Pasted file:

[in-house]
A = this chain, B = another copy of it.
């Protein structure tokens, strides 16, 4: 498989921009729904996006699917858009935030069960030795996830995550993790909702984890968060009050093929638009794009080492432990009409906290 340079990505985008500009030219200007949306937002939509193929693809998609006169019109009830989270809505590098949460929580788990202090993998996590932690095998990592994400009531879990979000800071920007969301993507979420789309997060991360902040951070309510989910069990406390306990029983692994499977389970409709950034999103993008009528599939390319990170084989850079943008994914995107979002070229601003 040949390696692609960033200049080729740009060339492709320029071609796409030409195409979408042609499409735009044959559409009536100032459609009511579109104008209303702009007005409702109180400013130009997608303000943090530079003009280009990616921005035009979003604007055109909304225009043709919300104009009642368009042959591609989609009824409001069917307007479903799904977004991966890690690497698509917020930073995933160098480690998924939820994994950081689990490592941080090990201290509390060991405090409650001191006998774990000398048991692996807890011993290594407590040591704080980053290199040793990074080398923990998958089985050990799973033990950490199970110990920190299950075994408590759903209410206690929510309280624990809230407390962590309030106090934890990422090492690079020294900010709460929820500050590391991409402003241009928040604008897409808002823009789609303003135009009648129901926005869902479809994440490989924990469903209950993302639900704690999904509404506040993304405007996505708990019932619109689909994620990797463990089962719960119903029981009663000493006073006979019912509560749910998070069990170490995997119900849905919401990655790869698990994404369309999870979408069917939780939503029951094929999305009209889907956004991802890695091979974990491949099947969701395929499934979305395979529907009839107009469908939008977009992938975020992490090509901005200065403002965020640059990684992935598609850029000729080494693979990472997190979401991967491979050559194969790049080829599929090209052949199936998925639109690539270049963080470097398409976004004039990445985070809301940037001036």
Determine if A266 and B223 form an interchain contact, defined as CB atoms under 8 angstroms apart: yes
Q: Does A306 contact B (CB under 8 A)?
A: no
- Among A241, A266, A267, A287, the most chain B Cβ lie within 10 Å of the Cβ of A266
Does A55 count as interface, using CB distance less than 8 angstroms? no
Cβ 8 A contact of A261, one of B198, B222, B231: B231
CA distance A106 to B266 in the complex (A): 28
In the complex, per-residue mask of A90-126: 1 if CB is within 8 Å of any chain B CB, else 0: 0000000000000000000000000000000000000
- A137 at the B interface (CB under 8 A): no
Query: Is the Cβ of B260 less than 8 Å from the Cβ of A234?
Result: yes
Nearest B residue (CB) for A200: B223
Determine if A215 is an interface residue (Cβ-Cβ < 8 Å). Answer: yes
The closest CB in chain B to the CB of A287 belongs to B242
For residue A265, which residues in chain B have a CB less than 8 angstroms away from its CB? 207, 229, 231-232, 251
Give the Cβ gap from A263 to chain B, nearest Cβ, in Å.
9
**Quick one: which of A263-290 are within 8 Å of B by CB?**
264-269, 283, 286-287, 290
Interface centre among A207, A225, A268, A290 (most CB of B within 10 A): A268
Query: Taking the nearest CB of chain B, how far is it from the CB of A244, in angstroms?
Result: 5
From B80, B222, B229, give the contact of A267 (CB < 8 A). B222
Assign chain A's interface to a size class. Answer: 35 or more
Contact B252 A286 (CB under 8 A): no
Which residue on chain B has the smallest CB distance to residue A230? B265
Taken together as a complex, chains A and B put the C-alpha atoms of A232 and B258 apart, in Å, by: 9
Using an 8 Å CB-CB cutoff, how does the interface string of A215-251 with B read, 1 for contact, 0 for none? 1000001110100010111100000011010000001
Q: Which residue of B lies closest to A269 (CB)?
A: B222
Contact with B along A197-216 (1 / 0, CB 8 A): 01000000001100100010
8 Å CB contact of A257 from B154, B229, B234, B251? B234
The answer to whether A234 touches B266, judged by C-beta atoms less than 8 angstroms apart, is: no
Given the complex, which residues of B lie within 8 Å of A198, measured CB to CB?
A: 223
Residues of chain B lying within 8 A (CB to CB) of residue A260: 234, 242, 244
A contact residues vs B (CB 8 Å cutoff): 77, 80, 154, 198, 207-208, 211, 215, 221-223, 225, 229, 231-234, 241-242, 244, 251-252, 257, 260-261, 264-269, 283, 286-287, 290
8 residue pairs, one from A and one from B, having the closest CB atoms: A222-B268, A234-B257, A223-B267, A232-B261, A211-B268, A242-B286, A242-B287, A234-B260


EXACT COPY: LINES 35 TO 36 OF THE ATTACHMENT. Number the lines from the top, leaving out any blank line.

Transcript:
8 Å CB contact of A257 from B154, B229, B234, B251? B234
The answer to whether A234 touches B266, judged by C-beta atoms less than 8 angstroms apart, is: no